The unprecedented low math scores on the National Assessment of Educational Progress (NAEP) highlight the urgent need to support students’ math learning to make up for the impact of the pandemic on math achievement. With math proficiency at an all-time low, educators are looking for strategies to help students get back on track. U.S. Secretary of Education Miguel Cardona issued an “urgent call to action” in response to the NAEP report.
While the dramatically low math scores are certainly cause for concern, they do not come as a surprise. The majority of U.S. students have struggled with math achievement for decades, and a disruption to their education brought on by the pandemic only exacerbated the issue.
The good news is that because mathematics has always been a challenging subject, we already know a lot about improving math achievement. Moreover, in the last two decades, mastery of math has grown increasingly important with the growth of well-paying jobs entering the economy in the science, technology, engineering, and math fields. As a result, experts have conducted significant research into and testing of approaches to teaching math more effectively.
WestEd continues to lead innovative instructional math research that yields important insights and supports for educators and policymakers. Along with other leading research and practice organizations, we have identified and tested solutions, which, applied carefully and with fidelity, have the potential to not only accelerate math learning in the wake of the pandemic but also support improved math achievement over the long run.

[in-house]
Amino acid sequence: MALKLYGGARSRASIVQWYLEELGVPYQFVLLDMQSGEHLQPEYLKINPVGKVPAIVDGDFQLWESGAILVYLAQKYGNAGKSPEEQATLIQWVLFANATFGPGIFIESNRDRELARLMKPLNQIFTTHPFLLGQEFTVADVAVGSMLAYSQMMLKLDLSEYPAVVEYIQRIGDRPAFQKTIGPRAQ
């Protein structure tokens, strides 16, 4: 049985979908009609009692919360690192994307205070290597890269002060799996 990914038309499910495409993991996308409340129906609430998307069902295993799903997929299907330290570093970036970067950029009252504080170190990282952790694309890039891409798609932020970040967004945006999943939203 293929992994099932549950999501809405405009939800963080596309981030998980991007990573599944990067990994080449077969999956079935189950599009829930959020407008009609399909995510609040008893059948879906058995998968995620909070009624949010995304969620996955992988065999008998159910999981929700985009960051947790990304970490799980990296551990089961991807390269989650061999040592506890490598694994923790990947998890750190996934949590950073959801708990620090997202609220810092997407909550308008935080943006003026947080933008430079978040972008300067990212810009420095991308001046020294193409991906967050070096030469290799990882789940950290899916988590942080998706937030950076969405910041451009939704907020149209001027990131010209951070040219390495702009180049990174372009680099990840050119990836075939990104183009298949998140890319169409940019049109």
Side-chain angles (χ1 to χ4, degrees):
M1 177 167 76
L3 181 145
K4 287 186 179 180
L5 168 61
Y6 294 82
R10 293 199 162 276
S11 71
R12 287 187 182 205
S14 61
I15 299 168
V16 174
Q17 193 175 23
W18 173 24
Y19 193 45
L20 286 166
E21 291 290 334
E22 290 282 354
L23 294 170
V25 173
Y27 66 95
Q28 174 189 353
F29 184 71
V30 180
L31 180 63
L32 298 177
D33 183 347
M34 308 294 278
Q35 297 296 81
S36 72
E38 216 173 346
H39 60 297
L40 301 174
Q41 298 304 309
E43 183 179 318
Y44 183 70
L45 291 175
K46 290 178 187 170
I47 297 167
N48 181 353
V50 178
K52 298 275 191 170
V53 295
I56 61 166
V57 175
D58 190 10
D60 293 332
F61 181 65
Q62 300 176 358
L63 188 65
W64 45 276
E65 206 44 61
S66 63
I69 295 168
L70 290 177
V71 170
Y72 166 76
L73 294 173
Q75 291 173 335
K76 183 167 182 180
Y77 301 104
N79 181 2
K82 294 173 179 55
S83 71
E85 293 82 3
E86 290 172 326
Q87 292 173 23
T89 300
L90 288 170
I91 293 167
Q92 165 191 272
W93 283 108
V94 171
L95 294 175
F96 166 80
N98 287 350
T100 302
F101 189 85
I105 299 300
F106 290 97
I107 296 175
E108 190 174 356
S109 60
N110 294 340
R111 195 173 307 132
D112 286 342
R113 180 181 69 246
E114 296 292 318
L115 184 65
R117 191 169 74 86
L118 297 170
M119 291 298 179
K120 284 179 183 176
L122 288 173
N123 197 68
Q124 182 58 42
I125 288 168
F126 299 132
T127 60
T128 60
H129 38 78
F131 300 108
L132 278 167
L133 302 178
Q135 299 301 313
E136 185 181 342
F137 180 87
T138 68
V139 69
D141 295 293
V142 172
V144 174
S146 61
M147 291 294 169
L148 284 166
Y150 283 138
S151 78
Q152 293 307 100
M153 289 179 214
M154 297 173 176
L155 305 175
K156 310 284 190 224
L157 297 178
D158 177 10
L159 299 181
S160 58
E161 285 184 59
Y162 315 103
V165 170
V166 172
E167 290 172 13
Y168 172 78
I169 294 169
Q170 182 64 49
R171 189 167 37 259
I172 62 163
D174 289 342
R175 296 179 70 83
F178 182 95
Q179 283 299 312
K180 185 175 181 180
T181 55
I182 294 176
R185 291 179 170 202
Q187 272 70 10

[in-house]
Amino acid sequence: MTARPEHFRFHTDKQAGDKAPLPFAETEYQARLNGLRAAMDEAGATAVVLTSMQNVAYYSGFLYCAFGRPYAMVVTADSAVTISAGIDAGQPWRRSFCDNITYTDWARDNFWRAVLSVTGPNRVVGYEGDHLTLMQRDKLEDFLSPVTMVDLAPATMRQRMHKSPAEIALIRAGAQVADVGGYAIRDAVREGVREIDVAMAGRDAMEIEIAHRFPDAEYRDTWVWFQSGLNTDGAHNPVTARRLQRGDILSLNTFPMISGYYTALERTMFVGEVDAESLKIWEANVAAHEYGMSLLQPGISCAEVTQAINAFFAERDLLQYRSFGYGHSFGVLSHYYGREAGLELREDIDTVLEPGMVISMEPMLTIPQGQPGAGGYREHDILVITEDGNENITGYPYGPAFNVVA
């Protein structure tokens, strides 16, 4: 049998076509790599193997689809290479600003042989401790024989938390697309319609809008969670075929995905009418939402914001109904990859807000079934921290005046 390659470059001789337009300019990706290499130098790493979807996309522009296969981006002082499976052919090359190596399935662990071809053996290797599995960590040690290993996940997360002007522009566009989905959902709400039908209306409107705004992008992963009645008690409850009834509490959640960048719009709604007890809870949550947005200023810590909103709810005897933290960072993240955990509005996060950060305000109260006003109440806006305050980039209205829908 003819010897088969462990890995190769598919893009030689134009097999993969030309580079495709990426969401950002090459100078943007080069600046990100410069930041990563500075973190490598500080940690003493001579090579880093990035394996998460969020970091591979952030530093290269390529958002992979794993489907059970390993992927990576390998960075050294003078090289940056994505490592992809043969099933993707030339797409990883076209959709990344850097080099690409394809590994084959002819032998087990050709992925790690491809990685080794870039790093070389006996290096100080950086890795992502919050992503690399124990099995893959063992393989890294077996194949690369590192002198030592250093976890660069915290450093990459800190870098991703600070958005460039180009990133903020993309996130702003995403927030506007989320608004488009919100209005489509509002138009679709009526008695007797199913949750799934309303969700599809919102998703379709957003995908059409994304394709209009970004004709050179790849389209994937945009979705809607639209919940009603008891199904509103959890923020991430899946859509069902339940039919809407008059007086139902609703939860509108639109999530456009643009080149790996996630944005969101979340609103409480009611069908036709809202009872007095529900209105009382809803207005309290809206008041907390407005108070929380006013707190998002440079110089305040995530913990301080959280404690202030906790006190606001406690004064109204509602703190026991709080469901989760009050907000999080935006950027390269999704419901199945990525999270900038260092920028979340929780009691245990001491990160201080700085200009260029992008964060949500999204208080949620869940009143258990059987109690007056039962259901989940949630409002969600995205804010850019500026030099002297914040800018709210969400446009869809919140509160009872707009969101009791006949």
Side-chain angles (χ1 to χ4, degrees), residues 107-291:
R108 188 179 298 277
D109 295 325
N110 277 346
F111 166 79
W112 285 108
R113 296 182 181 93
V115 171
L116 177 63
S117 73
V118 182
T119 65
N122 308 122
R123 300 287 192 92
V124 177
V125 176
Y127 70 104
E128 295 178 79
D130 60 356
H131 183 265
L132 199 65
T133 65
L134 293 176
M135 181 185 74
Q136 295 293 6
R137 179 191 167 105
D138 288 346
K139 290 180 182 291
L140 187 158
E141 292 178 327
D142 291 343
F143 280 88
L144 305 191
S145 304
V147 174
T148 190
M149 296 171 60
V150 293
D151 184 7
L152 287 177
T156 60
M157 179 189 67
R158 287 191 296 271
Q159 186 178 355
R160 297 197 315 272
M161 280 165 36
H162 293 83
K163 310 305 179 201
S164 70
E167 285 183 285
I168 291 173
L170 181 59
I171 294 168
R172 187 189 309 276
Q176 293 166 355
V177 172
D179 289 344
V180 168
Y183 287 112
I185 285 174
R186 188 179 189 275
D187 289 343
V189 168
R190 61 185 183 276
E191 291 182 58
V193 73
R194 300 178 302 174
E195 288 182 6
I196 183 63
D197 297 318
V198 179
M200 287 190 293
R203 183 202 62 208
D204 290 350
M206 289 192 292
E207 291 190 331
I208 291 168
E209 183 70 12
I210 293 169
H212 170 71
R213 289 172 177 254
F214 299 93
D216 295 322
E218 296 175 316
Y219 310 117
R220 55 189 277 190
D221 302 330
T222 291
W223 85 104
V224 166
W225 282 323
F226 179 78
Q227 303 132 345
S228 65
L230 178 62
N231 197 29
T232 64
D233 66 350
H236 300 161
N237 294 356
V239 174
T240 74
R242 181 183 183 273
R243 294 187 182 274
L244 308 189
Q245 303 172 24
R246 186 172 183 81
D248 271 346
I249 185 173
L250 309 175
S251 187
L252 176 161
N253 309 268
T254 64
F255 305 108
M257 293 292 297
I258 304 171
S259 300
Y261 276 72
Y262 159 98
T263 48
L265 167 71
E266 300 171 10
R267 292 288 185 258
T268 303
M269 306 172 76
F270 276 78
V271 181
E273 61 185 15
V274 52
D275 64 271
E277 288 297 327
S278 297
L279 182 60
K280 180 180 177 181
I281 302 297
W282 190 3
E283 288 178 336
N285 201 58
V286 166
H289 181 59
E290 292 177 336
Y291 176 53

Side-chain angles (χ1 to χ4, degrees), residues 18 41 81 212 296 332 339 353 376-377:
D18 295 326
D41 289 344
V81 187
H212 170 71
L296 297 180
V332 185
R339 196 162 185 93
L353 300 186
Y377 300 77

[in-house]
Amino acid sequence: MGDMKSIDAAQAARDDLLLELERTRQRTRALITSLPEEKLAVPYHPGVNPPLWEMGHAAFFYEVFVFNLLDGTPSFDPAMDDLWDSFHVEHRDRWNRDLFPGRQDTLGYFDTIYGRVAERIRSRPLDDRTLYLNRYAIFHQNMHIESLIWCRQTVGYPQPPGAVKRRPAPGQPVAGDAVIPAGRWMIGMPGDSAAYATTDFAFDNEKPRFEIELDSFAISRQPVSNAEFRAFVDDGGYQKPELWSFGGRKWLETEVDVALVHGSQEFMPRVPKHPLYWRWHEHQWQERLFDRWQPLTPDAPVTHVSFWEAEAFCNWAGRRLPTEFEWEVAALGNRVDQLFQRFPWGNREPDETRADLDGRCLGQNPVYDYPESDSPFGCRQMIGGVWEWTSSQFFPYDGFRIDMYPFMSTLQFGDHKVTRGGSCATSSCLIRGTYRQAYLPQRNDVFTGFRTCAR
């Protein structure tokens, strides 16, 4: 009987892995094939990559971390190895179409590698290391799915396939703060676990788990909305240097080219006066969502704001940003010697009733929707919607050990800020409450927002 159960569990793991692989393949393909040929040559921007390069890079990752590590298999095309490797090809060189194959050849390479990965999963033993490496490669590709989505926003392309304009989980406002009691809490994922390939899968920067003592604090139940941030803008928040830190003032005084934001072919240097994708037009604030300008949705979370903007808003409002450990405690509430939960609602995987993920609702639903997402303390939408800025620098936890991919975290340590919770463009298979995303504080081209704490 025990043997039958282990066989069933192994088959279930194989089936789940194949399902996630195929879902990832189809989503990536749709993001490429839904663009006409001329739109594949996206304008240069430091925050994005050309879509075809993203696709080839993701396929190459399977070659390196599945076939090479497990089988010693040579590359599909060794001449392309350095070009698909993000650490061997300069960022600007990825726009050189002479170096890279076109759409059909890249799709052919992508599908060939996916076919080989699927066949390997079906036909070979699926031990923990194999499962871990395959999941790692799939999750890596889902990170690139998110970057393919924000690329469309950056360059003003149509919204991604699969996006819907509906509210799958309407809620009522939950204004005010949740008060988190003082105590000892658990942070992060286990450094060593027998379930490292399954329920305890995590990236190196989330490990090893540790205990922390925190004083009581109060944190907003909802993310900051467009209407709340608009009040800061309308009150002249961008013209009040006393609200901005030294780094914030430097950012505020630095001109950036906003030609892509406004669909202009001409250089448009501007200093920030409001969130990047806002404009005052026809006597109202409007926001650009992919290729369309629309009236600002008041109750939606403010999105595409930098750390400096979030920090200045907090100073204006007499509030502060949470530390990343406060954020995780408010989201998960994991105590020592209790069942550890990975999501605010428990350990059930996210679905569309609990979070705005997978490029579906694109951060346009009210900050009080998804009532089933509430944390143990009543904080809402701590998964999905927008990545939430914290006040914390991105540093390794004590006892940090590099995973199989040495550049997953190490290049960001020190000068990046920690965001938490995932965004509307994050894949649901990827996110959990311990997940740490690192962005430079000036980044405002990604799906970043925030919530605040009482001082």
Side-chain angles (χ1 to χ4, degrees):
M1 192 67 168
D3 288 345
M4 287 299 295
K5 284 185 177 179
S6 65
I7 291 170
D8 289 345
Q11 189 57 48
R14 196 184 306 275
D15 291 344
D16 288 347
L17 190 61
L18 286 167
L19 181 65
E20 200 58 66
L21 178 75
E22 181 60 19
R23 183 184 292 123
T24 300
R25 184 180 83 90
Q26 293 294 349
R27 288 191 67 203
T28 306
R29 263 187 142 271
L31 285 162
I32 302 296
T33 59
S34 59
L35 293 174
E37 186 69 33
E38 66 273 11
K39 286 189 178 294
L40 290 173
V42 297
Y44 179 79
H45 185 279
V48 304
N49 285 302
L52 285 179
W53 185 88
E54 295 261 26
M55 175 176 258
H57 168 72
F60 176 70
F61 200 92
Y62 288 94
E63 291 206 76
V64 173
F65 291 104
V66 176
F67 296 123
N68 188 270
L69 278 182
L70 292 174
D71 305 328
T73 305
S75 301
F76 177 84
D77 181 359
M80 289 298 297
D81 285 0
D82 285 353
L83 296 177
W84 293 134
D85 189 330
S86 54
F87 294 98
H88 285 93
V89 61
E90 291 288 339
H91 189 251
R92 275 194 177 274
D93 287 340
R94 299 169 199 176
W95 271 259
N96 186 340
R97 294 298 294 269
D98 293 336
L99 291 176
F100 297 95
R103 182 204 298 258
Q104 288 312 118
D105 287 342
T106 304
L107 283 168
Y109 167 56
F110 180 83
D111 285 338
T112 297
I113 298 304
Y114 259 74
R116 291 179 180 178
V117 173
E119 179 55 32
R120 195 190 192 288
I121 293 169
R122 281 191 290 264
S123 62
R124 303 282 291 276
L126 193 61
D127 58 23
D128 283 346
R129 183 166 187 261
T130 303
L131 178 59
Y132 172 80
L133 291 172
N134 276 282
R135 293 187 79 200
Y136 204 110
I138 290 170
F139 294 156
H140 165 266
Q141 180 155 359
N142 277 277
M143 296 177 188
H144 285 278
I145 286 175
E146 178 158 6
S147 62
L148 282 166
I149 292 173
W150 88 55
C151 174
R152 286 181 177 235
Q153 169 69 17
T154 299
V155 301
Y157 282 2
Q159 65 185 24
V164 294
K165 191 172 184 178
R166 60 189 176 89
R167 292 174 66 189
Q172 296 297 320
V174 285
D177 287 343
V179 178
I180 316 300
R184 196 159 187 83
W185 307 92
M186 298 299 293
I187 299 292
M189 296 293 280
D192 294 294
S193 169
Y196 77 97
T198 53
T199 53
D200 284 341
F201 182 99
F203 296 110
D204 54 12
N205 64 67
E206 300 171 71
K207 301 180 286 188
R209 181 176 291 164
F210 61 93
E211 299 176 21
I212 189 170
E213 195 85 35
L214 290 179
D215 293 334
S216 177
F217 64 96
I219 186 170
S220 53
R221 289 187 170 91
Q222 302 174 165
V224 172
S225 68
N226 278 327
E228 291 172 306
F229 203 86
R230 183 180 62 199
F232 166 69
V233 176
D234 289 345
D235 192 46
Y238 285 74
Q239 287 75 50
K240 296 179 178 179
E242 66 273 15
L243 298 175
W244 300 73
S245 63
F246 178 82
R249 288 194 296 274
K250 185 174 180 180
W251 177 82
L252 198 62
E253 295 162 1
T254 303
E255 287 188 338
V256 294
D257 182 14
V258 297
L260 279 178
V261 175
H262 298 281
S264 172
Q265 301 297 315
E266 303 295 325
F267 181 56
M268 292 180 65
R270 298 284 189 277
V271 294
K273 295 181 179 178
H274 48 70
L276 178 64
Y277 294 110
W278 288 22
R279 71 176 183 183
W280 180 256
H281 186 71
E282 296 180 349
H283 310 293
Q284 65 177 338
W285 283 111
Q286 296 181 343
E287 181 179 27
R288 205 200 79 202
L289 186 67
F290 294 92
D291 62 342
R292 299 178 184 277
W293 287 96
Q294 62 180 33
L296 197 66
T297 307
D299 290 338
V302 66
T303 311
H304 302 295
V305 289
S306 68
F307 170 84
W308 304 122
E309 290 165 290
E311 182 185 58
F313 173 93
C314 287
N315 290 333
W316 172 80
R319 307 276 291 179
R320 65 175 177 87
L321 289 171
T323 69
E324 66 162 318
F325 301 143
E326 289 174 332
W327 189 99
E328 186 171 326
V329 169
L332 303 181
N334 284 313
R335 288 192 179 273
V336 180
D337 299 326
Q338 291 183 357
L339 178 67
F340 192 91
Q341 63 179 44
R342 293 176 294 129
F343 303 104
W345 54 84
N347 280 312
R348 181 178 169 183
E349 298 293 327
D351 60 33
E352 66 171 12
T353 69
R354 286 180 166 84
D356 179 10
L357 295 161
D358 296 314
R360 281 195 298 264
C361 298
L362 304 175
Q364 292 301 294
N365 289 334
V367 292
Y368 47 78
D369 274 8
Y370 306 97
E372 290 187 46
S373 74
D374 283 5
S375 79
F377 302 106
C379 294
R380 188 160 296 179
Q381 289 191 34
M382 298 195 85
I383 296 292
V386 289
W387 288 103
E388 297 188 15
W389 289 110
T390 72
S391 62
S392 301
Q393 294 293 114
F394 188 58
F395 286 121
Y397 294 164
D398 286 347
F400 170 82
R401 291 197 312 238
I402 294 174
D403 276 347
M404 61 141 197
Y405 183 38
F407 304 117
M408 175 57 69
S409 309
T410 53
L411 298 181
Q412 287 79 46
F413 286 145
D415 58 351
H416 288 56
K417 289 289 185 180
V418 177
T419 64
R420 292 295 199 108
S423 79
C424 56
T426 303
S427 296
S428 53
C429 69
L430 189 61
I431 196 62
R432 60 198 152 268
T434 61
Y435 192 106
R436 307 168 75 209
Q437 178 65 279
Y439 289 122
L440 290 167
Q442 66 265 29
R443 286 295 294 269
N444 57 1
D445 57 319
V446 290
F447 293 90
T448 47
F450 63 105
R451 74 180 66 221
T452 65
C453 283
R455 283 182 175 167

School districts currently have access to an unprecedented infusion of funds to address the impact of the pandemic on student learning. It is crucial that they invest the Elementary and Secondary School Emergency Relief (ESSER) dollars from the American Rescue Plan in strategies that have the strongest evidence base.
There are a range of strategies that meet that criterion:
- Schools and districts should invest in high-quality instructional materials that are based on what research shows about the best ways to teach math at various grade levels. How educators support students’ learning is crucial to addressing the problem.
- School districts would also benefit from increasing the time spent on math study through high-quality tutoring by professional tutors and extended classroom time.
- A freely available second-grade math intervention used as a supplement of 20 minutes twice a week improves math outcomes not only in second grade but later in third grade and in algebra.
- Teachers are the single most important in-classroom factor affecting student learning. We must provide educators with timely and targeted professional development during this “all hands on deck” moment.
We strongly urge educators and education leaders to take this opportunity to identify, examine, and invest in long-term, sustainable solutions. We also encourage the education research community to study and document what we are learning as we implement and coordinate additional instructional supports for students and teachers.